Paul McCartney Talks Beatles Secrets, New Album & More for iHeartRadio's 'Inside the Studio': Listen

Mary McCartney
Paul McCartney

In a very candid interview with iHeartRadio's Inside the Studio on Tuesday (Oct. 16), Sir Paul McCartney spilled the tea on some of the legendary stories and secrets of his emblematic career. From his Beatles days to living a normal life after nearly 60 years of fame, Sir Paul opened up about his long musical journey, proving once again that age is simply a number.

Despite of being one of the most famous rock stars in the world, McCartney insists that he lives a normal life -- the only difference is that he gets recognized now. "I walk down streets. They're for walking down. I like to get out and about and people say, 'Oh no, you've got to have acres of security behind you and stuff,' but I like to just get out, just so as you feel like yourself, instead of like a rock star. So I like to just get out like I always did when I was a kid. It keeps me sane. I've got quite a lot of freedom, actually, and I value it."

Although success came early for The Beatles, McCartney is still filled with constant motivation and stimulus -- ironically, that same early period of his career is also one of the biggest sources of inspiration. "Even when we were like maybe 20, 24 years old or something, at the height of The Beatles, we often would try to work out something on a song or what we were gonna do with a recording, we'd often say, 'What would we have done when we were 17?' And we'd check back to our 17-year-old selves, who we thought were the coolest people in the world. It's your formative period, it's when you get a lot of your ideas, and in my case if you're writing songs, those memories are very rich wells of inspiration," he shared.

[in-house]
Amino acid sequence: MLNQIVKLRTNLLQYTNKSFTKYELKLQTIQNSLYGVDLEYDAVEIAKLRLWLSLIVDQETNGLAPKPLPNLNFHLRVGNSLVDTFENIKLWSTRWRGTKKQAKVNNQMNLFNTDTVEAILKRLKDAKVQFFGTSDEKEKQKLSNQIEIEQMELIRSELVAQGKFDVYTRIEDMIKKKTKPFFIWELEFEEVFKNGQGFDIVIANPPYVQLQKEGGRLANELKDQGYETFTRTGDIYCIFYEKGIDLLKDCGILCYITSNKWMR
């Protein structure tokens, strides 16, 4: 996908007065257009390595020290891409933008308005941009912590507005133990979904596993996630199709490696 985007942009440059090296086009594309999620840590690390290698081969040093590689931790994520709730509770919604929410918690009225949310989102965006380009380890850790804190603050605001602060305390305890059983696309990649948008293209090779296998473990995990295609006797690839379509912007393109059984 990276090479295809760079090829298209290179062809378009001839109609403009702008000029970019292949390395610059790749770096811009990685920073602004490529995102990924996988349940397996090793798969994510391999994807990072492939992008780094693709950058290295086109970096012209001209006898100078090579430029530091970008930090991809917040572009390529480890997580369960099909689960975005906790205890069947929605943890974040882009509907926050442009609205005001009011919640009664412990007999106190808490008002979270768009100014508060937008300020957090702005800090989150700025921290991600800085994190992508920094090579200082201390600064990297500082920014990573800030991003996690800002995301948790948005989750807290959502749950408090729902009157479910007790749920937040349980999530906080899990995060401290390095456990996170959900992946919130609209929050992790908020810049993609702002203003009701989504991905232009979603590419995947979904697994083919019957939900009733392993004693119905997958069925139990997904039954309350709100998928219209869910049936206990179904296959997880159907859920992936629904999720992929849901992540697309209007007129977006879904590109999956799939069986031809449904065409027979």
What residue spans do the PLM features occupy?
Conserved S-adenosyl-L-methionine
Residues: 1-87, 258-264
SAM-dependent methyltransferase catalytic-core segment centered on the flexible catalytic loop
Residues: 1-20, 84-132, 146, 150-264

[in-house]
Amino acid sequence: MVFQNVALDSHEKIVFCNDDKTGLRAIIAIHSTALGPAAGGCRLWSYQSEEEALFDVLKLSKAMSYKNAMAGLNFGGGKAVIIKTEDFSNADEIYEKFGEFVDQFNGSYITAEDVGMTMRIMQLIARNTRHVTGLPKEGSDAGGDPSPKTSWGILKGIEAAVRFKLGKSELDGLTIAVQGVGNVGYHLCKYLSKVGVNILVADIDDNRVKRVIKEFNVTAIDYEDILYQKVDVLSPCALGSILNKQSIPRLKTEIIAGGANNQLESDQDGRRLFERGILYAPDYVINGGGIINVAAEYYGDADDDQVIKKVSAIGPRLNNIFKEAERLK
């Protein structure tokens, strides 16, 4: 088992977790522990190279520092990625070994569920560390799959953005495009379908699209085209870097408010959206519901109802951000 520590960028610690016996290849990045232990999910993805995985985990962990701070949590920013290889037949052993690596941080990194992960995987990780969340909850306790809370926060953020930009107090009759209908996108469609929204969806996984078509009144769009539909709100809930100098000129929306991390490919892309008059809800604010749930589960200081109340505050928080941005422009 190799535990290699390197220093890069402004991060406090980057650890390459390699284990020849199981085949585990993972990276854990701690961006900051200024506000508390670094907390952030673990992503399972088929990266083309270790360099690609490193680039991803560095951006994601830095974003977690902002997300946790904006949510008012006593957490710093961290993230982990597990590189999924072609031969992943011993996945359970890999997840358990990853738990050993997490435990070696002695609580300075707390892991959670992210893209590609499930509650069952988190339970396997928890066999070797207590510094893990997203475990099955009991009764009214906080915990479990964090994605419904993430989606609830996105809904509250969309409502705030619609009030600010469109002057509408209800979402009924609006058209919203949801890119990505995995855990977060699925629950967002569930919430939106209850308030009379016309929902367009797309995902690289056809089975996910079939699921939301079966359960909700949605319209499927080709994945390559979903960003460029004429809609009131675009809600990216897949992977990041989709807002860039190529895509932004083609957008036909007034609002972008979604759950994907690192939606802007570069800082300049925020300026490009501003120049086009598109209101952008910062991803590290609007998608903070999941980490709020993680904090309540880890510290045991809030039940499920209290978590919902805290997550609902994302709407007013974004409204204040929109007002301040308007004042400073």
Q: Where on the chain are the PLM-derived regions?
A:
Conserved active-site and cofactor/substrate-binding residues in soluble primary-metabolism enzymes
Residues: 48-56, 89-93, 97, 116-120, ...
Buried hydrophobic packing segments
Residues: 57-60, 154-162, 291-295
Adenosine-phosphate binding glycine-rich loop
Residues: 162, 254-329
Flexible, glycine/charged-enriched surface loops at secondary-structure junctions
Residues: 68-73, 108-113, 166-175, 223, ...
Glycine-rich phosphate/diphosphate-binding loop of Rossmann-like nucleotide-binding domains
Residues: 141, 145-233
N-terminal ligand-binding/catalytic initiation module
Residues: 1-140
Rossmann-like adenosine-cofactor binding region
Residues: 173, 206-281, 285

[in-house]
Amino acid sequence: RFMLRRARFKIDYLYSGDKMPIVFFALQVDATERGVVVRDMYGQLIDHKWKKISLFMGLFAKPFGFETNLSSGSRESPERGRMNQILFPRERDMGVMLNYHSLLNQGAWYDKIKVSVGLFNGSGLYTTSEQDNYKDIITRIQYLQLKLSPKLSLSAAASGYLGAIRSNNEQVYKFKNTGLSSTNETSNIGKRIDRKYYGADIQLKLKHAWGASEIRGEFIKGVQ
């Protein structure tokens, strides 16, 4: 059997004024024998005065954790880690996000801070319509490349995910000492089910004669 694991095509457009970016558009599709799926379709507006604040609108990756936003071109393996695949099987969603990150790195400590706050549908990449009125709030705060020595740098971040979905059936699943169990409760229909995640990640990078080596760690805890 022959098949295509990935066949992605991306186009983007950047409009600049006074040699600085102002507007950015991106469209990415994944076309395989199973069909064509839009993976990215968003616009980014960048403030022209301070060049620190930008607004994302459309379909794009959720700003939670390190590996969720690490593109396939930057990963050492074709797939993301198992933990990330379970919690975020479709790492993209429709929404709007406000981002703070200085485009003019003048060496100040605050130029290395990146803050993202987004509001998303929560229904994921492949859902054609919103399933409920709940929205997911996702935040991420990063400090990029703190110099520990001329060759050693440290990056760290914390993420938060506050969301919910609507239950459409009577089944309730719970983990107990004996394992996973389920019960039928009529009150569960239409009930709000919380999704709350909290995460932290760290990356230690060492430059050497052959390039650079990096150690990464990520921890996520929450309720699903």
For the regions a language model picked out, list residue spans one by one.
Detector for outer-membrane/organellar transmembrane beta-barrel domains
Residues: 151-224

Still, the 76-year-old makes sure to remember his roots: This year, he played a show at his old school and at the Cavern Club in Liverpool, England, where everything started. "It made it fun, interesting and each little thing was different, so it was great. Yeah, Cavern were happy and I was happy with the ideas we were cooking up together. As long as they were good ideas that were exciting everyone, we had a blast."

Laying out the creative process for his newest No. 1 record Egypt Station, Sir Paul shared his experience of working with both Greg Kurstin and Ryan Tedder. "When I was working with Greg, which was most of the time, I had a lot of songs I wanted to record. So I came in and we worked on them together, but they were ready written. Then there was a period there where Greg couldn't work, but I had a couple weeks off so I took one of the weeks as a holiday and then the other week, my manager said, 'Do you want to keep the momentum going? You're on a bit of a roll here, and if you want to keep it going, I can suggest other people you might work with.' So he sent me a few suggestions."

Soon came Ryan Tedder, who ended up being a perfect match for the new album. "I liked what I was hearing that Ryan was doing. I didn't know much about him. I phoned him up and we had a great conversation, so I said, 'Well, come to my studio in England and we'll just figure it out. We'll just think of something.' So I said, 'I've got a couple of songs. We could do these.' He said, 'No, no. Let's just make it up.' We didn't have long. We just had the seven days, it might have even been five days. So we just made them up and we ended up making up three tracks."

 

On the endless Beatles stereotypes, the "Yesterday" singer defined the quartet as "four corners of a square" -- all constantly embracing each other's traits and qualities. "You'll get that John was the dark one, Paul was the cute one, and that's not true, because we each had a bit of that or the other. George could be very much the one who'd bring that. When I'm talking about it, I always use that example of the song "Getting Better." I go, 'It's getting better all the time,' and John goes, 'Couldn't get much worse,' so you know, that's a good example of how we would do that. Often it could be George who'd do it just as much as John would, and I think I would sometimes take John's songs and darken them. We had those kind of influences on each other," he explains.

"The story sticks that John was the dark one, I was the light one, George was the mystic one, you know. To some degree that's true, but we each had aspects of all those kind of forces, and Ringo too."

Listen to Paul McCartney's full interview on Inside the Studio below.

 


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